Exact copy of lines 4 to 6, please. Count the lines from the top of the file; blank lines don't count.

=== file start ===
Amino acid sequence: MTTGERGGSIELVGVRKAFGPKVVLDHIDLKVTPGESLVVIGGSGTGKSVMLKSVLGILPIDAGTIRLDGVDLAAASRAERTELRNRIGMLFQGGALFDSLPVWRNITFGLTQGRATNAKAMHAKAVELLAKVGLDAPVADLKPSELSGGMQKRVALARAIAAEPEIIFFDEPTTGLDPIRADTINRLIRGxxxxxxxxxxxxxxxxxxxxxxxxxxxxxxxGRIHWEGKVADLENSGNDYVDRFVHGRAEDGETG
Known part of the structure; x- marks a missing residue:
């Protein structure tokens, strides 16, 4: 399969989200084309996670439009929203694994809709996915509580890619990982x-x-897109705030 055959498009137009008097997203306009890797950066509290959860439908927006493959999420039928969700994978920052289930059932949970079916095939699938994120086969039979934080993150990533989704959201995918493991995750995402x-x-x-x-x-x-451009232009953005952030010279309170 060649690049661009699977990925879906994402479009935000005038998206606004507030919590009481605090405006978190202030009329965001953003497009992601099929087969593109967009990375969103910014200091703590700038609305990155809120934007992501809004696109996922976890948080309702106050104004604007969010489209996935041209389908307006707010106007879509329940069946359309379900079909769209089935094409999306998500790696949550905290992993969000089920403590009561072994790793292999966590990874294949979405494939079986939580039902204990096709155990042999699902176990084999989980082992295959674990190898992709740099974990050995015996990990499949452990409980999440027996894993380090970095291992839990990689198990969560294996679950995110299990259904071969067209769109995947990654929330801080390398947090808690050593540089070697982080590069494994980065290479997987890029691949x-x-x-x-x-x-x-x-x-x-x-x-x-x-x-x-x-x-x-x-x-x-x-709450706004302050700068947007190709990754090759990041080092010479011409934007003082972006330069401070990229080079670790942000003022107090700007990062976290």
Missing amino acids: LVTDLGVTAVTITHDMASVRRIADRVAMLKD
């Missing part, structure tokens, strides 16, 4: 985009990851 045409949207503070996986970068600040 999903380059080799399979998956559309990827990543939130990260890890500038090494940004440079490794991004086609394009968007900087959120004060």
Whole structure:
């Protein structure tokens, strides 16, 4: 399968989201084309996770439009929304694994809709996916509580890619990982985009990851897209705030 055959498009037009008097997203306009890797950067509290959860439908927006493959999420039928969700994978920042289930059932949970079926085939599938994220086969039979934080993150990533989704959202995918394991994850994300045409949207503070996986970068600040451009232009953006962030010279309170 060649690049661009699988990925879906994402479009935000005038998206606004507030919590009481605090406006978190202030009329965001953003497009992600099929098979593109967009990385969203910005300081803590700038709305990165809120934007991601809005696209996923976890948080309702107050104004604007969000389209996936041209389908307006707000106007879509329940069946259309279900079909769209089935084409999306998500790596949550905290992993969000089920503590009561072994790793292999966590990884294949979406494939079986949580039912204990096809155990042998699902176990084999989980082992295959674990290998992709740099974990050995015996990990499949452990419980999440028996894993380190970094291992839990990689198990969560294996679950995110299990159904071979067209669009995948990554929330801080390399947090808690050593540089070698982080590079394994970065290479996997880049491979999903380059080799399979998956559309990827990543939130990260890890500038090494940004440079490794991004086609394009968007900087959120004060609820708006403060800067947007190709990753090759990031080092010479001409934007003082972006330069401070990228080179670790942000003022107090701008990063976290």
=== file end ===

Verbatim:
Missing amino acids: LVTDLGVTAVTITHDMASVRRIADRVAMLKD
């Missing part, structure tokens, strides 16, 4: 985009990851 045409949207503070996986970068600040 999903380059080799399979998956559309990827990543939130990260890890500038090494940004440079490794991004086609394009968007900087959120004060």
Whole structure: